Endowed professorship bestowed as part of million-dollar donation

An associate professor in the English department, located in DeBartolo Hall, was named as the inaugural Grace Ruth Memorial Endowed Professor of English on Tuesday. Photo courtesy of Maria Eliott / Jambar Contributor

By Abigail Cloutier

Laura Beadling, an associate professor of English and film studies at Youngstown State University, was named as the inaugural Grace Ruth Memorial Endowed Professor of English on Tuesday.

The professorship was created through YSU’s “We See Tomorrow” $1 million donation from Robert Reeder III. It was created in memory of his grandmother, a tutor and Sunday School teacher whose dreams of law school never came to fruition.

“Our family could not be more pleased with Professor Beadling being awarded the inaugural Grace Ruth professorship in English. Her scholarship and vision for the award are both exceptional; we look forward to her accomplishments over the next three years,” Reeder said.

Beadling is one of 17 endowed professors and chairs on campus. All the positions are funded through private donations.

“Endowed professors have a lasting impact on the university and our students, increasing the institution’s academic excellence and providing educational and scholarly opportunities across the campus,” YSU President Jim Tressel said.

She plans to use the three-year position to work on a book-length project focused on director and screenwriter Alexander Payne.

“He’s never studied as one of [the] major American independent filmmakers, like Spike Lee, or the Coen brothers or Quentin Tarantino, they’re all much better known. But he’s got a similar track record in terms of commercial success,” Beadling said.

Despite two Academy Awards and seven Oscar nominations, Beadling said Payne and his work has often been overlooked in academia.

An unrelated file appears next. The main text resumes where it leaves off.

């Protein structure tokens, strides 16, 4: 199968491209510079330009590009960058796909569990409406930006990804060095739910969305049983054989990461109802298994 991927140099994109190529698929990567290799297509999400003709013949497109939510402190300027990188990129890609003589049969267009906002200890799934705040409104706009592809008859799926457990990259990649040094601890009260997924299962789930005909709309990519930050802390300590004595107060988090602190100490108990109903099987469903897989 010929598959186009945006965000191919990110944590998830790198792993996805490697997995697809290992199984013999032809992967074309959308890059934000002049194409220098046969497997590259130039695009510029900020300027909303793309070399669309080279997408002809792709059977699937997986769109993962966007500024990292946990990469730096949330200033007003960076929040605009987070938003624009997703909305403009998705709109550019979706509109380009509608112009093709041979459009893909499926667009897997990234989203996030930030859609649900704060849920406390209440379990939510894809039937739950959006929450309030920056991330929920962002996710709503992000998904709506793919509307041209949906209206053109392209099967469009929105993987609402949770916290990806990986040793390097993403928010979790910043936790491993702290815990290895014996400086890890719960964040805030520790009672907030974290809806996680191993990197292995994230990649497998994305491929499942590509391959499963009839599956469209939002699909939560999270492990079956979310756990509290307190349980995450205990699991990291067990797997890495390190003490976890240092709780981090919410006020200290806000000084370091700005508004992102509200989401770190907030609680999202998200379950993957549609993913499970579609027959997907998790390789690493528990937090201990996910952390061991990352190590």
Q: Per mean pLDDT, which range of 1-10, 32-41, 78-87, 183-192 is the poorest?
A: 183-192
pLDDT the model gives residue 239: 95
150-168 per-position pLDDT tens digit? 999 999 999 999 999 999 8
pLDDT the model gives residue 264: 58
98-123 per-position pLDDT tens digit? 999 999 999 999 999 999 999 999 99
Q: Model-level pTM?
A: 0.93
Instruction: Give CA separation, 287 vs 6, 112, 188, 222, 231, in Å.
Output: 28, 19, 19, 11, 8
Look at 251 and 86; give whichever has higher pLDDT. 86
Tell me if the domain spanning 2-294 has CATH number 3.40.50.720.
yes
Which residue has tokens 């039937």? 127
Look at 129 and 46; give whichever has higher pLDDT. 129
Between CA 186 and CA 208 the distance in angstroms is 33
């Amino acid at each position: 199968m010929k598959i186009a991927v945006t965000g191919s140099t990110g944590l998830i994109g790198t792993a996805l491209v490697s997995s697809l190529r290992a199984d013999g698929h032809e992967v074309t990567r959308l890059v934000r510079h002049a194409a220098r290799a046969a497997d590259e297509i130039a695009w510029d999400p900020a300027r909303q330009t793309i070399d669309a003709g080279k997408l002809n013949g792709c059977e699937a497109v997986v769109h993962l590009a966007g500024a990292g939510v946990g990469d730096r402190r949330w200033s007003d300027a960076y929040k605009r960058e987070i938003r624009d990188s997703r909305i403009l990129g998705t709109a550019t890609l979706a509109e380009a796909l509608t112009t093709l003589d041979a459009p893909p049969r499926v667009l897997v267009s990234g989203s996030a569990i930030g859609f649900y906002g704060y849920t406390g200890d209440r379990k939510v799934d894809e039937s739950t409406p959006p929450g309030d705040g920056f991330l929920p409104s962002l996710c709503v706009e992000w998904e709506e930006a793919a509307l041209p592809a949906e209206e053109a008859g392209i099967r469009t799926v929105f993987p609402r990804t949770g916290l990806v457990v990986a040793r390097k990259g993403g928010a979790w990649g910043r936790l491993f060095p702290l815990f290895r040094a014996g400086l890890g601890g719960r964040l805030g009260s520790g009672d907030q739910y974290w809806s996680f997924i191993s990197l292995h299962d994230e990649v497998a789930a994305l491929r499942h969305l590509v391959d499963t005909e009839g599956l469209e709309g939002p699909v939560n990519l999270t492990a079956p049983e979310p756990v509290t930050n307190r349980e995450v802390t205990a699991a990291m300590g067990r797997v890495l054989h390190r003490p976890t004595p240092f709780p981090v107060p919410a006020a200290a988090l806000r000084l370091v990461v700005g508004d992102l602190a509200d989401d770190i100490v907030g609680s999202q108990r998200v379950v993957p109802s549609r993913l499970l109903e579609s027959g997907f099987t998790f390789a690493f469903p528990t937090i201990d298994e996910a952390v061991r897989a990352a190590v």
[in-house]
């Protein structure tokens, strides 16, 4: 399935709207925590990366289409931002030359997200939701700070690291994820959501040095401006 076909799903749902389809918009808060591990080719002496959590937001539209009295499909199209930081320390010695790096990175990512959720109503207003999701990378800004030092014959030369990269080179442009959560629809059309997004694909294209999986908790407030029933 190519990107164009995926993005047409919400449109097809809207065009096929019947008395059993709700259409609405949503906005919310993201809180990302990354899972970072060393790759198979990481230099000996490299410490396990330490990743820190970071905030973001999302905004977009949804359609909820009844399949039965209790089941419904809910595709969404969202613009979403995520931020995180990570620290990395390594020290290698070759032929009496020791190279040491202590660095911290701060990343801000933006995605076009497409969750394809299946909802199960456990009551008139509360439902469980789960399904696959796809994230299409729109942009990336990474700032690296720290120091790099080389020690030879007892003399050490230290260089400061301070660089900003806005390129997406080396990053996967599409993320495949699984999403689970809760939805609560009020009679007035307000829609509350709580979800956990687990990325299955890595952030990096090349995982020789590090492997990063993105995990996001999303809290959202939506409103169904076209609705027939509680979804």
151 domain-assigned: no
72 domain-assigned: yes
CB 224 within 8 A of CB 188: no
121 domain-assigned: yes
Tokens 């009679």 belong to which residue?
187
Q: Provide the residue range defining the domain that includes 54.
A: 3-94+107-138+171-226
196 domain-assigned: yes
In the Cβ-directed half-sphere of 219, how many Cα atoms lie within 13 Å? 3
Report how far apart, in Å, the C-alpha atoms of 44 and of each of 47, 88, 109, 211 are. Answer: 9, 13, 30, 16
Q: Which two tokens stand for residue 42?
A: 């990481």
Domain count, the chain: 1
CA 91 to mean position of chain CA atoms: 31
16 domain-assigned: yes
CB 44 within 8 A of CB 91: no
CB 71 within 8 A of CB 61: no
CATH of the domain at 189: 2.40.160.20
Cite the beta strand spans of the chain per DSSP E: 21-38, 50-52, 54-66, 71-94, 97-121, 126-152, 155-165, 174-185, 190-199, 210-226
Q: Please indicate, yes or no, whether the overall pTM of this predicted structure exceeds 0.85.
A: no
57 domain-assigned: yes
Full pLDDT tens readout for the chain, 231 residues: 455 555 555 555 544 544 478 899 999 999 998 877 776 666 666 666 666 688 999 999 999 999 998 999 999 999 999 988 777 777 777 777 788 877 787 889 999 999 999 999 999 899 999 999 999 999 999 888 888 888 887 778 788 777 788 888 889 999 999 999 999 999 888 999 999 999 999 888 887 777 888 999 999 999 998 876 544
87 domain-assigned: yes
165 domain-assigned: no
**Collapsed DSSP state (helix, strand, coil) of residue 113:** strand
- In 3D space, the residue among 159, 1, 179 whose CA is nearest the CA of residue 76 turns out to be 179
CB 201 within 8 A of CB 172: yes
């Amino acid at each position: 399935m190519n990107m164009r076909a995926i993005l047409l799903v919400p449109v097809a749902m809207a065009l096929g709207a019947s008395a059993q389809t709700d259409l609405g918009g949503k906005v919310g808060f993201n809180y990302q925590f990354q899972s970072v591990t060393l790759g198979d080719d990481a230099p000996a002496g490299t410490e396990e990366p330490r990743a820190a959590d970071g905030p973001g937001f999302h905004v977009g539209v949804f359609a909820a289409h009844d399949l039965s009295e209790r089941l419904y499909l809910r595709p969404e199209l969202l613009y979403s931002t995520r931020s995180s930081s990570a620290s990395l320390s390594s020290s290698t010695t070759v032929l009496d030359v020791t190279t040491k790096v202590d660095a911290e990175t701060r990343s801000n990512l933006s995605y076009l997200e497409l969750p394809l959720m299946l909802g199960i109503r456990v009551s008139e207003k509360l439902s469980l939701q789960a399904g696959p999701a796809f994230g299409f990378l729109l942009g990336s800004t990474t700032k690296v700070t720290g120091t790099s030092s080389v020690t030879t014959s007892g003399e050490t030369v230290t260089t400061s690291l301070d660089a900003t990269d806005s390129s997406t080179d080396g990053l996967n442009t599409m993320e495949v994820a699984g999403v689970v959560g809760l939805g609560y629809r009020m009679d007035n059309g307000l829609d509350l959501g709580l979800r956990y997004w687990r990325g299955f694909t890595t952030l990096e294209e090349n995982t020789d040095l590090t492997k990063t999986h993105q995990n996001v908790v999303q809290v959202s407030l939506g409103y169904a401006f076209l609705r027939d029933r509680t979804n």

“Partly why he’s not as studied as the others is that he’s really interesting in terms of genre. If you watch a Quentin Tarantino movie, you’re going to get something that’s sort of bloody and violence, lots of references to the ’70s. Same with the Coen Brothers. But Alexander Payne mixes drama and comedy, he has movies that I think have a lot of interesting, thoughtful things to say, that have moments that are really, really funny, and yet are also very dramatic. Because he’s hard to categorize, that maybe he’s been a little bit less studied,” she said.

Beadling has been a YSU faculty member since 2013 and earned her doctorate in American studies from Purdue University.

She plans on using the endowment not just for her research, but to also bring new programs to her English and film students. 

“I also had some ideas for what I would want to do with the funding and how those interests that I have would impact the students. I want to bring some filmmakers to campus to speak to our students. I want to learn how to edit, film and [do this all] myself. That would be something that I can bring into my introduction to film class, and have that be an option for an assignment rather than just writing a paper about film,” she said. 

She expressed her gratitude for the endowment and said she’s honored to be the first endowed professor in the English department. 

“I’m very, very grateful. I’m very excited to get into my various projects here, and so thankful to the Reeder family for making it possible. It would be very cool anytime, but it’s particularly cool to be the first endowed professor for the English department,” Beadling said. 

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